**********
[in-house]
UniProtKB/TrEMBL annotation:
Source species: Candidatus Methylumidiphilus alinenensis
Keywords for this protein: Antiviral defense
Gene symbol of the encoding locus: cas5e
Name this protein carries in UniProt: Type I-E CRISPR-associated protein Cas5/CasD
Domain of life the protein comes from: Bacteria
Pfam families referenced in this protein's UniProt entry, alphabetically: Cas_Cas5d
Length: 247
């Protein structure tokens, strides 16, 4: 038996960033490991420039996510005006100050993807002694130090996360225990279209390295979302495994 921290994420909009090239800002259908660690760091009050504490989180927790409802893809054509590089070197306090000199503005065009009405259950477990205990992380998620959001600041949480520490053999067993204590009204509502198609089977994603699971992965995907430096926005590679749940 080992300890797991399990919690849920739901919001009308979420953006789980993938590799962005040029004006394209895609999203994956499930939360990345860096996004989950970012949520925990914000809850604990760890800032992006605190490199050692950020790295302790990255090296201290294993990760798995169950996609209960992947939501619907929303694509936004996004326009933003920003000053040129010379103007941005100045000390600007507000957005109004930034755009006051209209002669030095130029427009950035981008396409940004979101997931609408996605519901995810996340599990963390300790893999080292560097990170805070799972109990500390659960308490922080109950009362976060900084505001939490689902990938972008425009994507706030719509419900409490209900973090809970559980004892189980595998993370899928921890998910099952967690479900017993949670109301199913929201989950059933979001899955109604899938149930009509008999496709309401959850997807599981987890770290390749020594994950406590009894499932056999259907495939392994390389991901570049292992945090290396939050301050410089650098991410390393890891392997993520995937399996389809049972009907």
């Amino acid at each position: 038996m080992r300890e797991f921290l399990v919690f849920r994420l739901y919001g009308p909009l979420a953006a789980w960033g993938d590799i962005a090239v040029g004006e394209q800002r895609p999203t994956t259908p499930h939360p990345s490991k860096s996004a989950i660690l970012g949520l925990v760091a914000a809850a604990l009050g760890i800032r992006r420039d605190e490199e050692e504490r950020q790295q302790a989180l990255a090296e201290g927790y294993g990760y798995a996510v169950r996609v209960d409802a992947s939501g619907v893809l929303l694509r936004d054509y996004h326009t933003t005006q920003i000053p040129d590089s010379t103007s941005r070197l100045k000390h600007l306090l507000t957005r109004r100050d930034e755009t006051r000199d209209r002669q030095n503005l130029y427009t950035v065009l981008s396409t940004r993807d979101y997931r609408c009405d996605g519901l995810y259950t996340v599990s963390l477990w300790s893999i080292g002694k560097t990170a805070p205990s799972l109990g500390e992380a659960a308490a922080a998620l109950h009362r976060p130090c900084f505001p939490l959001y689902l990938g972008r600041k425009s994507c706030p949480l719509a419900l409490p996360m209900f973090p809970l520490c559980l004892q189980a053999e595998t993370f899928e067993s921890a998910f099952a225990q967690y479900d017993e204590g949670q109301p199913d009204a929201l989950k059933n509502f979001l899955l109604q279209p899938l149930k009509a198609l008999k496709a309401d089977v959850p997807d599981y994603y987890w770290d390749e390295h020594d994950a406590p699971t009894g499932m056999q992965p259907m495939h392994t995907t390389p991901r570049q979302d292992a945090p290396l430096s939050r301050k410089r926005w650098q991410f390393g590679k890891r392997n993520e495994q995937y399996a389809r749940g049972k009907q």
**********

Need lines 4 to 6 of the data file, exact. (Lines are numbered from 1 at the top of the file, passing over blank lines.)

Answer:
Keywords for this protein: Antiviral defense
Gene symbol of the encoding locus: cas5e
Name this protein carries in UniProt: Type I-E CRISPR-associated protein Cas5/CasD